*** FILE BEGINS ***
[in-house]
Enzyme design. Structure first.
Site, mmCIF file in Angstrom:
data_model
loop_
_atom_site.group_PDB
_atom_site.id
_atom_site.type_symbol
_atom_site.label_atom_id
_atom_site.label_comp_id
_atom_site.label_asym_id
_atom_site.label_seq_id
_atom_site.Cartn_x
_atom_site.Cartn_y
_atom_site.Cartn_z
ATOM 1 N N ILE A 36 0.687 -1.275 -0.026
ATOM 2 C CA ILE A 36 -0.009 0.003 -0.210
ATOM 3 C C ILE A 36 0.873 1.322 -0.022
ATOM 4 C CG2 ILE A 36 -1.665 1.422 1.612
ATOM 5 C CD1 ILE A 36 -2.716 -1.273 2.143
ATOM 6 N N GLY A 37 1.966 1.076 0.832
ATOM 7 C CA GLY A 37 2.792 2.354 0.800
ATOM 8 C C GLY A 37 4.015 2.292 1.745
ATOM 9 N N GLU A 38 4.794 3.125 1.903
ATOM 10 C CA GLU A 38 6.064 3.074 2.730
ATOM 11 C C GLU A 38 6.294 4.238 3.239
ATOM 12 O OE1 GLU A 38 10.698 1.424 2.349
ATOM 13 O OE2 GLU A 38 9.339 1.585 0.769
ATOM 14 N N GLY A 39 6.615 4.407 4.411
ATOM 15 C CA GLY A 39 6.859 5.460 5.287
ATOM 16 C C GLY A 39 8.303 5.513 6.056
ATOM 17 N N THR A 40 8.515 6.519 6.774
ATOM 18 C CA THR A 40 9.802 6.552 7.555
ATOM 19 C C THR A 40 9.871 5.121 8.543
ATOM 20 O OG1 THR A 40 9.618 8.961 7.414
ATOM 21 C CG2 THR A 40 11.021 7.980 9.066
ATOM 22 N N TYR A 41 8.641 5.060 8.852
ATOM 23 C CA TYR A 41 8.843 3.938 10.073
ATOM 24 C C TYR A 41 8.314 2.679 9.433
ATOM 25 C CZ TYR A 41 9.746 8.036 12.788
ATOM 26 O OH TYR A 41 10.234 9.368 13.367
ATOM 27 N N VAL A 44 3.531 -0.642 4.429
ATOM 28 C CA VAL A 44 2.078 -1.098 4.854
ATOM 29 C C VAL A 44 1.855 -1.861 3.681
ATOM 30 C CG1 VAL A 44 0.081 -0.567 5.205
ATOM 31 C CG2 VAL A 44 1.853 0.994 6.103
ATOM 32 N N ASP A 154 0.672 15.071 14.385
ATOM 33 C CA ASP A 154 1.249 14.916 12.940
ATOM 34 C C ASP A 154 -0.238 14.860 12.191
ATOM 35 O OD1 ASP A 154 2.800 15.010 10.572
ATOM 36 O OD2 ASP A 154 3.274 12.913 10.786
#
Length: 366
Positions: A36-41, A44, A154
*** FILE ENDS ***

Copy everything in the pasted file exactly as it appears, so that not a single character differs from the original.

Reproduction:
[in-house]
Enzyme design. Structure first.
Site, mmCIF file in Angstrom:
data_model
loop_
_atom_site.group_PDB
_atom_site.id
_atom_site.type_symbol
_atom_site.label_atom_id
_atom_site.label_comp_id
_atom_site.label_asym_id
_atom_site.label_seq_id
_atom_site.Cartn_x
_atom_site.Cartn_y
_atom_site.Cartn_z
ATOM 1 N N ILE A 36 0.687 -1.275 -0.026
ATOM 2 C CA ILE A 36 -0.009 0.003 -0.210
ATOM 3 C C ILE A 36 0.873 1.322 -0.022
ATOM 4 C CG2 ILE A 36 -1.665 1.422 1.612
ATOM 5 C CD1 ILE A 36 -2.716 -1.273 2.143
ATOM 6 N N GLY A 37 1.966 1.076 0.832
ATOM 7 C CA GLY A 37 2.792 2.354 0.800
ATOM 8 C C GLY A 37 4.015 2.292 1.745
ATOM 9 N N GLU A 38 4.794 3.125 1.903
ATOM 10 C CA GLU A 38 6.064 3.074 2.730
ATOM 11 C C GLU A 38 6.294 4.238 3.239
ATOM 12 O OE1 GLU A 38 10.698 1.424 2.349
ATOM 13 O OE2 GLU A 38 9.339 1.585 0.769
ATOM 14 N N GLY A 39 6.615 4.407 4.411
ATOM 15 C CA GLY A 39 6.859 5.460 5.287
ATOM 16 C C GLY A 39 8.303 5.513 6.056
ATOM 17 N N THR A 40 8.515 6.519 6.774
ATOM 18 C CA THR A 40 9.802 6.552 7.555
ATOM 19 C C THR A 40 9.871 5.121 8.543
ATOM 20 O OG1 THR A 40 9.618 8.961 7.414
ATOM 21 C CG2 THR A 40 11.021 7.980 9.066
ATOM 22 N N TYR A 41 8.641 5.060 8.852
ATOM 23 C CA TYR A 41 8.843 3.938 10.073
ATOM 24 C C TYR A 41 8.314 2.679 9.433
ATOM 25 C CZ TYR A 41 9.746 8.036 12.788
ATOM 26 O OH TYR A 41 10.234 9.368 13.367
ATOM 27 N N VAL A 44 3.531 -0.642 4.429
ATOM 28 C CA VAL A 44 2.078 -1.098 4.854
ATOM 29 C C VAL A 44 1.855 -1.861 3.681
ATOM 30 C CG1 VAL A 44 0.081 -0.567 5.205
ATOM 31 C CG2 VAL A 44 1.853 0.994 6.103
ATOM 32 N N ASP A 154 0.672 15.071 14.385
ATOM 33 C CA ASP A 154 1.249 14.916 12.940
ATOM 34 C C ASP A 154 -0.238 14.860 12.191
ATOM 35 O OD1 ASP A 154 2.800 15.010 10.572
ATOM 36 O OD2 ASP A 154 3.274 12.913 10.786
#
Length: 366
Positions: A36-41, A44, A154